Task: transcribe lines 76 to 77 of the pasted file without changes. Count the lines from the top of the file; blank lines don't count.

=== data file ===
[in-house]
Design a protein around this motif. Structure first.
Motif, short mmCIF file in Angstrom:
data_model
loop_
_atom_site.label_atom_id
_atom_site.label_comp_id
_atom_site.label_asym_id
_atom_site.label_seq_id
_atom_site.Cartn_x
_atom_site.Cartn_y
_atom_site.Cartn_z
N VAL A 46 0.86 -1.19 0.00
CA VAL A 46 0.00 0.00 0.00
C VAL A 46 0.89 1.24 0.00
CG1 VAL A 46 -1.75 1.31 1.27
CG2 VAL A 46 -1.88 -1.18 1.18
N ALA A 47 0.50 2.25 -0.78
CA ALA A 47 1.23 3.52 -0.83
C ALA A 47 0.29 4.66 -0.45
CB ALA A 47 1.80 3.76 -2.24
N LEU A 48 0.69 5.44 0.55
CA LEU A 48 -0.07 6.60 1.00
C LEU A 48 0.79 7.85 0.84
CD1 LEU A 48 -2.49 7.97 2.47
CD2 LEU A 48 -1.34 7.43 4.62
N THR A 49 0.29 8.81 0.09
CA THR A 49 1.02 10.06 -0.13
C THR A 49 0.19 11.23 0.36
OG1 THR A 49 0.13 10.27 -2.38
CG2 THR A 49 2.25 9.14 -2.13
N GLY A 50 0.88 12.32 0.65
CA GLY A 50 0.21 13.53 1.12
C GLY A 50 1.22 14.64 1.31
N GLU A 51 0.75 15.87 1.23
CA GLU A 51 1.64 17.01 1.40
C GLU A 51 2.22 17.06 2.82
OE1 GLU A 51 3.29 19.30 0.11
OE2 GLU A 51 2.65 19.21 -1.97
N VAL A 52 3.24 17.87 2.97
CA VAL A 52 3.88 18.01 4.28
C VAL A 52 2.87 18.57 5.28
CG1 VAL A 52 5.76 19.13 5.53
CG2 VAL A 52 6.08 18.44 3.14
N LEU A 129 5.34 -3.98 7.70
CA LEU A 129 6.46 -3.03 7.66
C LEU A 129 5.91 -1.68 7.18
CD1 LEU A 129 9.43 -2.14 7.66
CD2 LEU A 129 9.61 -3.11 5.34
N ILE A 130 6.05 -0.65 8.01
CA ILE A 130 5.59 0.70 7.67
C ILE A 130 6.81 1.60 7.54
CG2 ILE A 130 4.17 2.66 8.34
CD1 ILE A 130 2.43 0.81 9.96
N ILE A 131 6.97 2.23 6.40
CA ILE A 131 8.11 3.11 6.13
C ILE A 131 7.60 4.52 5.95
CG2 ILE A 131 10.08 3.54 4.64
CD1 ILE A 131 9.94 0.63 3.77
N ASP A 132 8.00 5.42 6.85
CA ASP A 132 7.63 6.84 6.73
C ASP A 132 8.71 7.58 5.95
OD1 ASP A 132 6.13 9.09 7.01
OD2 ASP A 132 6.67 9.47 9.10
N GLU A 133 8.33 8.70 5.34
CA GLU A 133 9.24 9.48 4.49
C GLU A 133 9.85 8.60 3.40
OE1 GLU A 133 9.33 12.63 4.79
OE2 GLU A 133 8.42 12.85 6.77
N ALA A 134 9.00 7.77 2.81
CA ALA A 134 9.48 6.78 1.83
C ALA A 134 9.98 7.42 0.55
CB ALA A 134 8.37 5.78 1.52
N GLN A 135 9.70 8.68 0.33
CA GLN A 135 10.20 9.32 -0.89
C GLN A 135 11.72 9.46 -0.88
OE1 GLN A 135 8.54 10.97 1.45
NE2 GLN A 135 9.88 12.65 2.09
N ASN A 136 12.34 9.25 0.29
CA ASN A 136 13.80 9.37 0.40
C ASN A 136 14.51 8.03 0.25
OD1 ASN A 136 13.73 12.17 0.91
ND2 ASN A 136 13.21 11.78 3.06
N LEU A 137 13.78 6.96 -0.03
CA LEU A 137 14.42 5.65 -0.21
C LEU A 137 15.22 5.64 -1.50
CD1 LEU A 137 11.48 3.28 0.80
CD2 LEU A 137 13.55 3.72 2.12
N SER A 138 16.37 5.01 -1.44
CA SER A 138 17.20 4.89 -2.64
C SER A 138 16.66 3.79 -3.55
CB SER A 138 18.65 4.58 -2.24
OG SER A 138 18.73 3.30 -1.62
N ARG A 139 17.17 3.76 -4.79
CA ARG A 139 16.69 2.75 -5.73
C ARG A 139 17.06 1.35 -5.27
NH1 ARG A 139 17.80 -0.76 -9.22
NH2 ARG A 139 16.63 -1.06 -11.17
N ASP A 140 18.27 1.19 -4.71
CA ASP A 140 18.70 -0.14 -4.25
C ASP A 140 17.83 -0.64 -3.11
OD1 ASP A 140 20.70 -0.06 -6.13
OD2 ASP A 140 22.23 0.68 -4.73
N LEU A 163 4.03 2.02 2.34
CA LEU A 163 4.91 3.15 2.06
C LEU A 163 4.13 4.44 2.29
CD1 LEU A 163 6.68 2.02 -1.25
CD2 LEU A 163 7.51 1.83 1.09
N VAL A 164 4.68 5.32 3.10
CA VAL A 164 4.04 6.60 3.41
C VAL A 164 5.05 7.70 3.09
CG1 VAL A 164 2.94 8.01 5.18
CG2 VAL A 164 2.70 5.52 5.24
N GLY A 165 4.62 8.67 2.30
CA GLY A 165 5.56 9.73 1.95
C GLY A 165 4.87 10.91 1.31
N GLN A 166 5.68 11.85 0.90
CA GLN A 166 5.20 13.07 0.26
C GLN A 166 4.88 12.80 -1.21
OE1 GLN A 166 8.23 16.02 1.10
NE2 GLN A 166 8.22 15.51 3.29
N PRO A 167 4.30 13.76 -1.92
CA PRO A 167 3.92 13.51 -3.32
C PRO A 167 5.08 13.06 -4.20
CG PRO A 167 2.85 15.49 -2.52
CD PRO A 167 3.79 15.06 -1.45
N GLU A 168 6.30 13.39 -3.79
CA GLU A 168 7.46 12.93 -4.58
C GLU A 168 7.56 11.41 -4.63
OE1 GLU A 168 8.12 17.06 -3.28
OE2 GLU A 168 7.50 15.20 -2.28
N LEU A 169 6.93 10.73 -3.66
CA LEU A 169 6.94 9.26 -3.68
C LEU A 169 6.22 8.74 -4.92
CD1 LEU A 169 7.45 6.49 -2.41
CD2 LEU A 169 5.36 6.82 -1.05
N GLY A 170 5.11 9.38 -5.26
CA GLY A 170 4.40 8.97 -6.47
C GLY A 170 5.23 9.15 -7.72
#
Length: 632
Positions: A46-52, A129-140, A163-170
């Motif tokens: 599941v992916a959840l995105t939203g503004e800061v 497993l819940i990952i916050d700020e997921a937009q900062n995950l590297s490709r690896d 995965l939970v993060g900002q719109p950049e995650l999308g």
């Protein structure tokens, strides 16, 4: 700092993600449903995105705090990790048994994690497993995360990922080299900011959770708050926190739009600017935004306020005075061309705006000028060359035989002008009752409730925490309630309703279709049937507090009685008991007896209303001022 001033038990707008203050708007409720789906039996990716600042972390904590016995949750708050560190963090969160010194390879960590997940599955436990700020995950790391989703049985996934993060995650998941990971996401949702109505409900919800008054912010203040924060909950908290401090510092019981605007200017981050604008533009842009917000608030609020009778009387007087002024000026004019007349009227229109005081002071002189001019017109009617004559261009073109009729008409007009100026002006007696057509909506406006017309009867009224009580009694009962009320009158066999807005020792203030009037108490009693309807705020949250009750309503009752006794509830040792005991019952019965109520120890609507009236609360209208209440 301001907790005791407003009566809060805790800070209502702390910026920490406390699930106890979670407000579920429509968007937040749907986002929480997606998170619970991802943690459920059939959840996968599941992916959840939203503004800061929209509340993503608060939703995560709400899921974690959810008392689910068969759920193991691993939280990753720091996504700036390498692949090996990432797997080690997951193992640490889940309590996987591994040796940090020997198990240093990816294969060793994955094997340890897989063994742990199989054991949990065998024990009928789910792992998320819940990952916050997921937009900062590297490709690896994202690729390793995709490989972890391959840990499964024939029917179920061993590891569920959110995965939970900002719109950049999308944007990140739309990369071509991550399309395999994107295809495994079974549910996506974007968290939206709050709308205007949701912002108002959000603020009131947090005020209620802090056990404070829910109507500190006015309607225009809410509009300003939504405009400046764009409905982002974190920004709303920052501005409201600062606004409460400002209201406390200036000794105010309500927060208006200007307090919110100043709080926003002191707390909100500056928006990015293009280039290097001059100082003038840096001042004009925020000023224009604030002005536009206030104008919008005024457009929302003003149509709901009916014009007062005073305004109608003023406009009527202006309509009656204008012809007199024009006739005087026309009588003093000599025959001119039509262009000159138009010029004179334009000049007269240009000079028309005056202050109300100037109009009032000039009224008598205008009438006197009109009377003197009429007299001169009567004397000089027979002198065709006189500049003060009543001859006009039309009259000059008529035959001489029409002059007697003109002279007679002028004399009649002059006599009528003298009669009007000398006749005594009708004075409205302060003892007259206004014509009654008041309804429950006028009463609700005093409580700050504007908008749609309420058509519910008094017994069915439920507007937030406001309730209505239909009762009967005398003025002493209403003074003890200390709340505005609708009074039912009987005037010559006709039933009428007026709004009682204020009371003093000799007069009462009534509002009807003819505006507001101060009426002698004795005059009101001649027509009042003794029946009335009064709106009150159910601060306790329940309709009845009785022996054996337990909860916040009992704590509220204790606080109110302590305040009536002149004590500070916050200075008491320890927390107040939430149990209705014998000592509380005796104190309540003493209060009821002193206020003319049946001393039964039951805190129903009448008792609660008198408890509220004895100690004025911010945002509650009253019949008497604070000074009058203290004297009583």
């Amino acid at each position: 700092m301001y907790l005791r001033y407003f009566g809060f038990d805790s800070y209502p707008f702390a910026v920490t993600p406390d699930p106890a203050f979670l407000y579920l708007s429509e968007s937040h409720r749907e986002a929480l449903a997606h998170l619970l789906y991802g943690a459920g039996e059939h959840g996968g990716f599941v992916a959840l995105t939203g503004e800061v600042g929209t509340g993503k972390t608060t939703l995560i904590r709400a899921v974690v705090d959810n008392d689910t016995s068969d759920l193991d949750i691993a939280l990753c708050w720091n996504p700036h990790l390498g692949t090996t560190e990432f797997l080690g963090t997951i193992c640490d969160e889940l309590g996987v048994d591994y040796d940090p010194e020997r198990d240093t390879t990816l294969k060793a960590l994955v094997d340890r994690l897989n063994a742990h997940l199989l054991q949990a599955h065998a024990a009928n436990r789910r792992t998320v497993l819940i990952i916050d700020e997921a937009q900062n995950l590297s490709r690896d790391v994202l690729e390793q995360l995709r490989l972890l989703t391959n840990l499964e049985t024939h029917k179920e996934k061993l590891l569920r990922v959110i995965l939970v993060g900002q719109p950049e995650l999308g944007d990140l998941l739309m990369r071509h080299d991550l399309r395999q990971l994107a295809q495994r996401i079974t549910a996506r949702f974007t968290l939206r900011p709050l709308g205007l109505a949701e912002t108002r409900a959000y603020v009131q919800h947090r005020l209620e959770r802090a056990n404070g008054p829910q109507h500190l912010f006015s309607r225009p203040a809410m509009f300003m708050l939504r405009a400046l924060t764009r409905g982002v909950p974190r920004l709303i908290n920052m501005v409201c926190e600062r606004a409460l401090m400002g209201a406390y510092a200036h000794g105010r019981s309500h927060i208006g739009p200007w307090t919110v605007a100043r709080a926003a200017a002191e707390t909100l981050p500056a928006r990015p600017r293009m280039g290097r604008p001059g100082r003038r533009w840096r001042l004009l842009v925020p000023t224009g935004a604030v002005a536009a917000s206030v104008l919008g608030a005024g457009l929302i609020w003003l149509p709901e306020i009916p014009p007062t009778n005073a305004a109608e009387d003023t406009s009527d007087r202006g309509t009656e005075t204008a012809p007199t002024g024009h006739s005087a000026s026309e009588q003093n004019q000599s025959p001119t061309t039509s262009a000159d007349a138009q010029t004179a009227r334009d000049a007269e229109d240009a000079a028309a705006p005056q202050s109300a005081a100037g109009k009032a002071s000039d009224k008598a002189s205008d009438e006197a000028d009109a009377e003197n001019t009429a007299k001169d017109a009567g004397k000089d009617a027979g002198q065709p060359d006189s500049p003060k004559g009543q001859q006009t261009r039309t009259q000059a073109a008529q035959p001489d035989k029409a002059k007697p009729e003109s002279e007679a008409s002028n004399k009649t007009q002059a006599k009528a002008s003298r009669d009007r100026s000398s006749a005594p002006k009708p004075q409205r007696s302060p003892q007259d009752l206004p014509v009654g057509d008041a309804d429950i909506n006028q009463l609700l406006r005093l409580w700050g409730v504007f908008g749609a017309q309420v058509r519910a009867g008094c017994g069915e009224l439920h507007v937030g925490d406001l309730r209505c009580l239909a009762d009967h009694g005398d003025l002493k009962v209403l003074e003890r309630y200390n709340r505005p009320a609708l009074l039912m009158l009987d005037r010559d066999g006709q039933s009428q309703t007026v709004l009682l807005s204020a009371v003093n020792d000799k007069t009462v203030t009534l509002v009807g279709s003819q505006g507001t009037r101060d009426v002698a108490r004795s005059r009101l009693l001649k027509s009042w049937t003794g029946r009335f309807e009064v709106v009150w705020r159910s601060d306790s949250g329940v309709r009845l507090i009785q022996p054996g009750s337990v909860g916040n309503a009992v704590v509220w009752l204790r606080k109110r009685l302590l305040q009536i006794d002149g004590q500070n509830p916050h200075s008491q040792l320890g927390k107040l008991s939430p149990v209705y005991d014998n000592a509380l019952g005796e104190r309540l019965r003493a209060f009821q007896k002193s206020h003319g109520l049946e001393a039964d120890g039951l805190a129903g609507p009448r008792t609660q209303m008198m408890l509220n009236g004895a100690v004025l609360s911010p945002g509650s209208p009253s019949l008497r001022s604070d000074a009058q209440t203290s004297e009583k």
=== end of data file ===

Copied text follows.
C GLN A 135 11.72 9.46 -0.88
OE1 GLN A 135 8.54 10.97 1.45